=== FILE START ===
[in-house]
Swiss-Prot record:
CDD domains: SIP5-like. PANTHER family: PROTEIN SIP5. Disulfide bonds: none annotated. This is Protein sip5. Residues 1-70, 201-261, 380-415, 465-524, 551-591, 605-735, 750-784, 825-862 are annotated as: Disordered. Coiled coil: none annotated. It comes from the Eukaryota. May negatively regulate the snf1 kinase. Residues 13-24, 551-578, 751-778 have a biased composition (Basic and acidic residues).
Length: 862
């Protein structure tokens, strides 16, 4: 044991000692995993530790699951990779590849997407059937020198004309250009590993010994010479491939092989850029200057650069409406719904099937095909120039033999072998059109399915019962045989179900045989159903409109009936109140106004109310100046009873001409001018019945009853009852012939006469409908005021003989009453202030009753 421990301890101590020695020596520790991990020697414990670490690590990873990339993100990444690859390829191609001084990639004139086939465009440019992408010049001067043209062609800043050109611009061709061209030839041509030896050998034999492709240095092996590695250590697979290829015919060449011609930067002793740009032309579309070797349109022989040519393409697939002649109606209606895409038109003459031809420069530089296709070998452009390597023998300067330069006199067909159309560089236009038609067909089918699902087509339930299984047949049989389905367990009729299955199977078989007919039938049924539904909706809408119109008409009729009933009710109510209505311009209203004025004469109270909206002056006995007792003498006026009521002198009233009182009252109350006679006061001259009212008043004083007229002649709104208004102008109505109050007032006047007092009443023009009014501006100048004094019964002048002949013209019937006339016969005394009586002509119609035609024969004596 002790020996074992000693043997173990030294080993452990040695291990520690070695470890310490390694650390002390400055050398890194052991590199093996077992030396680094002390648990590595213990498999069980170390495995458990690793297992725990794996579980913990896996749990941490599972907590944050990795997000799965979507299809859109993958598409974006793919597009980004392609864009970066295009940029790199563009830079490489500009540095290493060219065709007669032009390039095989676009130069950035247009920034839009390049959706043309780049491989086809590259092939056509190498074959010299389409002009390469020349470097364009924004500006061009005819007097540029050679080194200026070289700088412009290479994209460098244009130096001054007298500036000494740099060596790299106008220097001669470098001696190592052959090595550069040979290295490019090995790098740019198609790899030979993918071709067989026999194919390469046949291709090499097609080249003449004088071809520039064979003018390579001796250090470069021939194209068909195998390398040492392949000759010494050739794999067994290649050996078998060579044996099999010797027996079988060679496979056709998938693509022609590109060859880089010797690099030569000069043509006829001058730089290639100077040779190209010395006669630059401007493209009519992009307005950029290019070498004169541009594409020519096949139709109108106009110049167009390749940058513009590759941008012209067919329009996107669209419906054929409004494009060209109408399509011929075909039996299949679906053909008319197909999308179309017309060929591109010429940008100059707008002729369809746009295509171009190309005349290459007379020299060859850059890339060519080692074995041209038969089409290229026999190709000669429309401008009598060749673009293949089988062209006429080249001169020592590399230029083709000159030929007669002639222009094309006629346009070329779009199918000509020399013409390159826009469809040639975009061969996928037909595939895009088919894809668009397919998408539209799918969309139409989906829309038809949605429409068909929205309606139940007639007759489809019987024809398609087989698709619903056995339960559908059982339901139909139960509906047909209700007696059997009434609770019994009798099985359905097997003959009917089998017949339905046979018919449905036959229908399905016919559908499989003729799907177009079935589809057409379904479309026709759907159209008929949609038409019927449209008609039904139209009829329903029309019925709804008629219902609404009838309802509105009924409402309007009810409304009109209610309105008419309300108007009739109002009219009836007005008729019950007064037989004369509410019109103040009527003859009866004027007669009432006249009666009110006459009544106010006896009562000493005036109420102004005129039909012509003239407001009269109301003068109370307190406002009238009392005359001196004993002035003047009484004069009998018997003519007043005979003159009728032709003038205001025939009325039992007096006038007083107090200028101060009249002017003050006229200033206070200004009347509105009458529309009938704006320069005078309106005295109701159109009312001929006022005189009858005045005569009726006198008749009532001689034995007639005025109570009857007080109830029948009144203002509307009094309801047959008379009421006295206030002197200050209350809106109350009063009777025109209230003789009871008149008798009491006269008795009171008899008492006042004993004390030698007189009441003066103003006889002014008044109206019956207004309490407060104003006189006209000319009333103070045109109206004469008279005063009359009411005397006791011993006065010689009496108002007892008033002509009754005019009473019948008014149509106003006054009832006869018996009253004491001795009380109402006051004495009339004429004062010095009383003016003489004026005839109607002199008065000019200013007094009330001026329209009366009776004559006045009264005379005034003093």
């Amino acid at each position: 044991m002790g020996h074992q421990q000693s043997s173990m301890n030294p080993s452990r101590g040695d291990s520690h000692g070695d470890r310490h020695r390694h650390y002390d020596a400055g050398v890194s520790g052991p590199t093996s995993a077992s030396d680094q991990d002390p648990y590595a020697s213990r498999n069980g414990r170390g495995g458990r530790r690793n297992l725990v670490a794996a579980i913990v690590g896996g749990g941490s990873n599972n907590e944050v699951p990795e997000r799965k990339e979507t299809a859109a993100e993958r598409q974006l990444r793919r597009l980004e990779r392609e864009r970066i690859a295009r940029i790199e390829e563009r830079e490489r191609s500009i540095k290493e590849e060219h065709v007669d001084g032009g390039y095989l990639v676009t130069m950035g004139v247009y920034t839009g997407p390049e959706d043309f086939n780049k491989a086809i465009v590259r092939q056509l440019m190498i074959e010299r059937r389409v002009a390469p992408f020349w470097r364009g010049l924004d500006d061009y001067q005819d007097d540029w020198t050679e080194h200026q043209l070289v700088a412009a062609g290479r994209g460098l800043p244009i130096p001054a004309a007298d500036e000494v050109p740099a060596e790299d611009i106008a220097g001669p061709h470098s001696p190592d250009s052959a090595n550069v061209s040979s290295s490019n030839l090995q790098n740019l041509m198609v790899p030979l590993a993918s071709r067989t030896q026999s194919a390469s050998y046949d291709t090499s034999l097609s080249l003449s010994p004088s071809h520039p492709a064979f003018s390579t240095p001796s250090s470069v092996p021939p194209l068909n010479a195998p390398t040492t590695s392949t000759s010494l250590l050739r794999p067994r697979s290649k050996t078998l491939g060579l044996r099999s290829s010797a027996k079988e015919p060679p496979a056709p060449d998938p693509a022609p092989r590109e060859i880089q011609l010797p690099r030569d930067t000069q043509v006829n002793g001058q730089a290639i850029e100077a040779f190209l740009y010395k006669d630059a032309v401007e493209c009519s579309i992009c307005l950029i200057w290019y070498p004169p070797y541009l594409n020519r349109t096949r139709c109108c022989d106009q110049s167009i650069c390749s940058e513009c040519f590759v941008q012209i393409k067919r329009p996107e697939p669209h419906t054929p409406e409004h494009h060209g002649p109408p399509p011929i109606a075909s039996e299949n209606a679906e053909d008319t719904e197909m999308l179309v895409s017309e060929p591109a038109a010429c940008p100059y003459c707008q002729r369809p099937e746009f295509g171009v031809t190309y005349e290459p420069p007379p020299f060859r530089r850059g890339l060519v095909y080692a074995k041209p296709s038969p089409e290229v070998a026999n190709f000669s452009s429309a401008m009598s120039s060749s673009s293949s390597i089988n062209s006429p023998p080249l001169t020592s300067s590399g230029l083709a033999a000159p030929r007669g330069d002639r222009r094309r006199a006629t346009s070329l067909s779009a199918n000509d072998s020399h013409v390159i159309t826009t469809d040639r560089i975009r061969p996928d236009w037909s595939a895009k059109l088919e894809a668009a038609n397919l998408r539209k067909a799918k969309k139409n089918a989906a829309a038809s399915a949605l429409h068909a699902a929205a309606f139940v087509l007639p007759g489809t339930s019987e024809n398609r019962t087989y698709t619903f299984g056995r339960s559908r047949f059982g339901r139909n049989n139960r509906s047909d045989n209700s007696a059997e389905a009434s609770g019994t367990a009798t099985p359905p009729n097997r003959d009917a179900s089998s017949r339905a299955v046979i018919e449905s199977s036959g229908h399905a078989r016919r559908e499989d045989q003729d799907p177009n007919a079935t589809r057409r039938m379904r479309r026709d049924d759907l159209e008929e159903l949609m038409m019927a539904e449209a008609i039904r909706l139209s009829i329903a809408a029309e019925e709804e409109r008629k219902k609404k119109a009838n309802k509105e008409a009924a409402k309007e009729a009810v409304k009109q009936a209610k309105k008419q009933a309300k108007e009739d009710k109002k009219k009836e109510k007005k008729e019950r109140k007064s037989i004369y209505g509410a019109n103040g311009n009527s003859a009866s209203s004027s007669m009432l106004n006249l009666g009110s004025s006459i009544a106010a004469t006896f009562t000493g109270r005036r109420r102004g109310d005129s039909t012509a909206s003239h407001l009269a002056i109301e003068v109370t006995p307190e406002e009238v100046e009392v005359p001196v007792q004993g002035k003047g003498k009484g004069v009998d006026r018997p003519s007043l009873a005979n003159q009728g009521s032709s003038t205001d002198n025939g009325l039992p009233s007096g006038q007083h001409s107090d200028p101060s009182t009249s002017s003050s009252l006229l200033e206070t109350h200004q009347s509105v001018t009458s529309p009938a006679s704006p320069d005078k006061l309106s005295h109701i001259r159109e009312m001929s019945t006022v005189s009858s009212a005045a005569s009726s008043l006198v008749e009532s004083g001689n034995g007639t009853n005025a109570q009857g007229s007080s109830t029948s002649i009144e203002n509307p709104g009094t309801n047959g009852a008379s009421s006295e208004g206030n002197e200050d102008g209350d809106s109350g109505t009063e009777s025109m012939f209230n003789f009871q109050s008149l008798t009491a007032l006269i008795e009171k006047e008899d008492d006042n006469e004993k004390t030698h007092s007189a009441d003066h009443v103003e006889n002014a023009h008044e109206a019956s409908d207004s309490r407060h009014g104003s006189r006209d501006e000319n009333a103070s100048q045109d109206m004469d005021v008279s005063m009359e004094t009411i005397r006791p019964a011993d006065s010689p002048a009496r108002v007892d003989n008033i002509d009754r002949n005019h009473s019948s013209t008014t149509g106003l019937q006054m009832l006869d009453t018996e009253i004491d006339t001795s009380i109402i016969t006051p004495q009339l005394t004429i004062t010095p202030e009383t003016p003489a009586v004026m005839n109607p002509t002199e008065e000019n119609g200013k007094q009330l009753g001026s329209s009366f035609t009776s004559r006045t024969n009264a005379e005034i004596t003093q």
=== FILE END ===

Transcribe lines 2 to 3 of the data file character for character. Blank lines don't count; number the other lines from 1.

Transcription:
Swiss-Prot record:
CDD domains: SIP5-like. PANTHER family: PROTEIN SIP5. Disulfide bonds: none annotated. This is Protein sip5. Residues 1-70, 201-261, 380-415, 465-524, 551-591, 605-735, 750-784, 825-862 are annotated as: Disordered. Coiled coil: none annotated. It comes from the Eukaryota. May negatively regulate the snf1 kinase. Residues 13-24, 551-578, 751-778 have a biased composition (Basic and acidic residues).